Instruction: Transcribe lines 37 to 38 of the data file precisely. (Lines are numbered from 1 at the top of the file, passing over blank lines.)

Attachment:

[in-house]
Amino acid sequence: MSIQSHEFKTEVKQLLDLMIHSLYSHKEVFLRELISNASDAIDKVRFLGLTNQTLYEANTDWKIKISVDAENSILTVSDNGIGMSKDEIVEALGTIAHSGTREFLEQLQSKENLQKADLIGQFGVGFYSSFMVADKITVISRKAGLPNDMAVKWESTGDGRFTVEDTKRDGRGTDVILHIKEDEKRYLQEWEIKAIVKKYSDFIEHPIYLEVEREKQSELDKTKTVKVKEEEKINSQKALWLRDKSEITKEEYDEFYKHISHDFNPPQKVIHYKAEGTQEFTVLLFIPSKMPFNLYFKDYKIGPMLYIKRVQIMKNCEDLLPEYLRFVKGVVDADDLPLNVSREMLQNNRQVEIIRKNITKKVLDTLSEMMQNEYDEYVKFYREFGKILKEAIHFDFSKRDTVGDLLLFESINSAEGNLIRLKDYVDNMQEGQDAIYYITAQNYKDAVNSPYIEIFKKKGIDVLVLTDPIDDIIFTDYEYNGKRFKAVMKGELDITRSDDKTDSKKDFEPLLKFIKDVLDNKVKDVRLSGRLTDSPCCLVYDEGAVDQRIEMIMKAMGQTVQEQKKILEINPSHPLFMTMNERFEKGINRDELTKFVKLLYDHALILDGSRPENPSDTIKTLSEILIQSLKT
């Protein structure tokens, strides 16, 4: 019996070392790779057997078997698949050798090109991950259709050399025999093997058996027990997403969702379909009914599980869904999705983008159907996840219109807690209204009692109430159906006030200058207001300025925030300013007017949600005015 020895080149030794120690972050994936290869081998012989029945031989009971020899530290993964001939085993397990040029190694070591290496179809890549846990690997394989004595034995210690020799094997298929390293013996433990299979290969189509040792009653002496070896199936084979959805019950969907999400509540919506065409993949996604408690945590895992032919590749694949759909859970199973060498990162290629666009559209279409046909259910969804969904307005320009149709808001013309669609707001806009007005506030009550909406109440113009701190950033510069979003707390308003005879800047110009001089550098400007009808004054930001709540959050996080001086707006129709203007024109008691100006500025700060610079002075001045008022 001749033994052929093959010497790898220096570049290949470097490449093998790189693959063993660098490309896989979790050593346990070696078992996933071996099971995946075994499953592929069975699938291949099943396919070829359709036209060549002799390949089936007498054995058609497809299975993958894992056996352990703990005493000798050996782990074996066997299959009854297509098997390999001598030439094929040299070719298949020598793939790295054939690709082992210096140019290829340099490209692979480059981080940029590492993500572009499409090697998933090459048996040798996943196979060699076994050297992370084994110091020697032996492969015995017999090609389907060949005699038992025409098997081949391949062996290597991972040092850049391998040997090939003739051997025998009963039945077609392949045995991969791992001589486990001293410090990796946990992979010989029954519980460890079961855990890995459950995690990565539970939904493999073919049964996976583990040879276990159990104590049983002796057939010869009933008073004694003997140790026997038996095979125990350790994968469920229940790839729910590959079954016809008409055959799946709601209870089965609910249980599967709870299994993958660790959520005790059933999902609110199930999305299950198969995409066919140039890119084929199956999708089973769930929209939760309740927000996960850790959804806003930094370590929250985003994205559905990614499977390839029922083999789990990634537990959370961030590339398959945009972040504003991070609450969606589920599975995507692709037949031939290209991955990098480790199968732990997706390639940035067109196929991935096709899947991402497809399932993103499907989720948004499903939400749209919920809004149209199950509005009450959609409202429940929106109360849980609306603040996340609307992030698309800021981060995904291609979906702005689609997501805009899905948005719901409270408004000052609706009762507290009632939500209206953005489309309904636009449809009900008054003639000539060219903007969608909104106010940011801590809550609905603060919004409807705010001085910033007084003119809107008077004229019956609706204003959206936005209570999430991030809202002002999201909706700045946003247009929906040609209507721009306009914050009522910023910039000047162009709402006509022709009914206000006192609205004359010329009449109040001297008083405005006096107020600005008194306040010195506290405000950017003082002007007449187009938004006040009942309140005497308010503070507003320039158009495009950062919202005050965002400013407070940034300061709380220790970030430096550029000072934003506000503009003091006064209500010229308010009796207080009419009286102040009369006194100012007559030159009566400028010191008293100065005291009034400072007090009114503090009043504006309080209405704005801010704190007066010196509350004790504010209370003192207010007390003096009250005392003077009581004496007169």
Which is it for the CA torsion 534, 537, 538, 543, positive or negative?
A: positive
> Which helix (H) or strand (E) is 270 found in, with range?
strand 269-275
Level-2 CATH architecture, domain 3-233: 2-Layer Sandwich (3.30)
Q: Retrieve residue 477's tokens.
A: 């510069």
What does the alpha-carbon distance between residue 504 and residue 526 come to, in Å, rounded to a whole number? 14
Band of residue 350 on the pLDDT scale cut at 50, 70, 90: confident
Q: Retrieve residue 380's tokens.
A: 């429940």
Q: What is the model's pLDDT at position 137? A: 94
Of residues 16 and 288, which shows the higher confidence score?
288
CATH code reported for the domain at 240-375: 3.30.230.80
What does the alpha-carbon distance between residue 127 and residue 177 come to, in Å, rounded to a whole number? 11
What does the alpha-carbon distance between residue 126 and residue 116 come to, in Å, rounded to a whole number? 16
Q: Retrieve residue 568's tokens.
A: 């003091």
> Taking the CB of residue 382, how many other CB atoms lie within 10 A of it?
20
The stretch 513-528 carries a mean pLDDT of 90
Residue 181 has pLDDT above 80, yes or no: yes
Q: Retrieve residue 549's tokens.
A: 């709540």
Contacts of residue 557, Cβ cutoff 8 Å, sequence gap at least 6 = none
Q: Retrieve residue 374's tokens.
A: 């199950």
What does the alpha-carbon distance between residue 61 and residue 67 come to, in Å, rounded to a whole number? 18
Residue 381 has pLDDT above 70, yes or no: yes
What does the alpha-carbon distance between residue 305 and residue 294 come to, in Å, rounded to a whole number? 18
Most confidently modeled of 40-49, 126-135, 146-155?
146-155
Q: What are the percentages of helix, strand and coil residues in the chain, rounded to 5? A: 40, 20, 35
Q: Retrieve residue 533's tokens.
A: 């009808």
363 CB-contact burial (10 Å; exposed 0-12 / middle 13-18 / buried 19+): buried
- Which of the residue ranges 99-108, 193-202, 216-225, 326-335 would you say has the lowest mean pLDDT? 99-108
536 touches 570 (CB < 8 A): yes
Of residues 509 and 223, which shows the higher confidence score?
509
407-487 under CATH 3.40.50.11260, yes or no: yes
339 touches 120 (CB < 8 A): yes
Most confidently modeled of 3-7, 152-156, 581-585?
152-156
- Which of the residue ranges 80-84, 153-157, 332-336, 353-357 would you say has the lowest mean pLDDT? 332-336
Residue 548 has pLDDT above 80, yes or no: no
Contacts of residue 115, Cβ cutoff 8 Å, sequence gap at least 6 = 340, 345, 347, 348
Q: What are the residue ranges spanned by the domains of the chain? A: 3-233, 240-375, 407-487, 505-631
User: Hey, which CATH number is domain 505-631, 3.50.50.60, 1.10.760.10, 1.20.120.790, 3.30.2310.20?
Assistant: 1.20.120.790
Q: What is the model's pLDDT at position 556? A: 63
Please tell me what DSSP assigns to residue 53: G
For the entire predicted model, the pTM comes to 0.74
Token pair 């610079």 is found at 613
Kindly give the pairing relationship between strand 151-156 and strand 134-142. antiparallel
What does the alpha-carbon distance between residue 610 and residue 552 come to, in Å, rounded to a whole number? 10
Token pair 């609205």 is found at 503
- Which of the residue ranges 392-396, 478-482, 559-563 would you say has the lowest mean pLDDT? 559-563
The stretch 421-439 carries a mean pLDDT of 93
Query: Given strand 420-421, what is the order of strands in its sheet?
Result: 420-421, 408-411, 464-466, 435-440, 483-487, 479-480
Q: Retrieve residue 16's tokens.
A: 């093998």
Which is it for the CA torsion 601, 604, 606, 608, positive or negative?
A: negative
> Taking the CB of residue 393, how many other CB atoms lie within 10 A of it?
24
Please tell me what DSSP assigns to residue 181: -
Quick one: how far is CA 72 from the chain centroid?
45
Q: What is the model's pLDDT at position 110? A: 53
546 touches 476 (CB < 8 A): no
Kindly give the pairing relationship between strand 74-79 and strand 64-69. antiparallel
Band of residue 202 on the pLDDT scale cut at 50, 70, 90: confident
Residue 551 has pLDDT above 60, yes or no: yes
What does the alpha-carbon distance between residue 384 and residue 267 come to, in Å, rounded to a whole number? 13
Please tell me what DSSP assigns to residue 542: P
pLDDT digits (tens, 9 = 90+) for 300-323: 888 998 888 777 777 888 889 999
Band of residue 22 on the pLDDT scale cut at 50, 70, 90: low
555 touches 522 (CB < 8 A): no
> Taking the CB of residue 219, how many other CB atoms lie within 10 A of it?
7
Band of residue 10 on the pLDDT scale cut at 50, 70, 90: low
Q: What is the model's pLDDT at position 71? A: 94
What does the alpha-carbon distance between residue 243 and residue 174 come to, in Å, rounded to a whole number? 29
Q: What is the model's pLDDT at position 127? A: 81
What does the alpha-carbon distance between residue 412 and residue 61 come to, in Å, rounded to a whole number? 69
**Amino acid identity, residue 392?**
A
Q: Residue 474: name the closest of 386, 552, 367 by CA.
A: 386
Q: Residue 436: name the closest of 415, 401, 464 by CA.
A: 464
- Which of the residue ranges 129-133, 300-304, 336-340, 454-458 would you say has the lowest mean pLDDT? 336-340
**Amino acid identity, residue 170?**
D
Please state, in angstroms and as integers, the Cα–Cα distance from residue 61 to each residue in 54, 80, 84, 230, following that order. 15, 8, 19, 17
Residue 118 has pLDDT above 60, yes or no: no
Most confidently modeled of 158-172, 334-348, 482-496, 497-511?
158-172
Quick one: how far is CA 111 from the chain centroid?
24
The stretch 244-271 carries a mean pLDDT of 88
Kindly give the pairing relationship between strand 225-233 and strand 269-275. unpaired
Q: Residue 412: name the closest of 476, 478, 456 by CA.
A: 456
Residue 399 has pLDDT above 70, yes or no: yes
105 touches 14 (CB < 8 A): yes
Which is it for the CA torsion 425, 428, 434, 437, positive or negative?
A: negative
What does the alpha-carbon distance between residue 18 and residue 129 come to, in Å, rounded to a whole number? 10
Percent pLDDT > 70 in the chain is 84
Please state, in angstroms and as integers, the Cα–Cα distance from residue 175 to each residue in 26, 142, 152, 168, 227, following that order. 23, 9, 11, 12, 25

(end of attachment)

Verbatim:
Q: What are the percentages of helix, strand and coil residues in the chain, rounded to 5? A: 40, 20, 35
Q: Retrieve residue 533's tokens.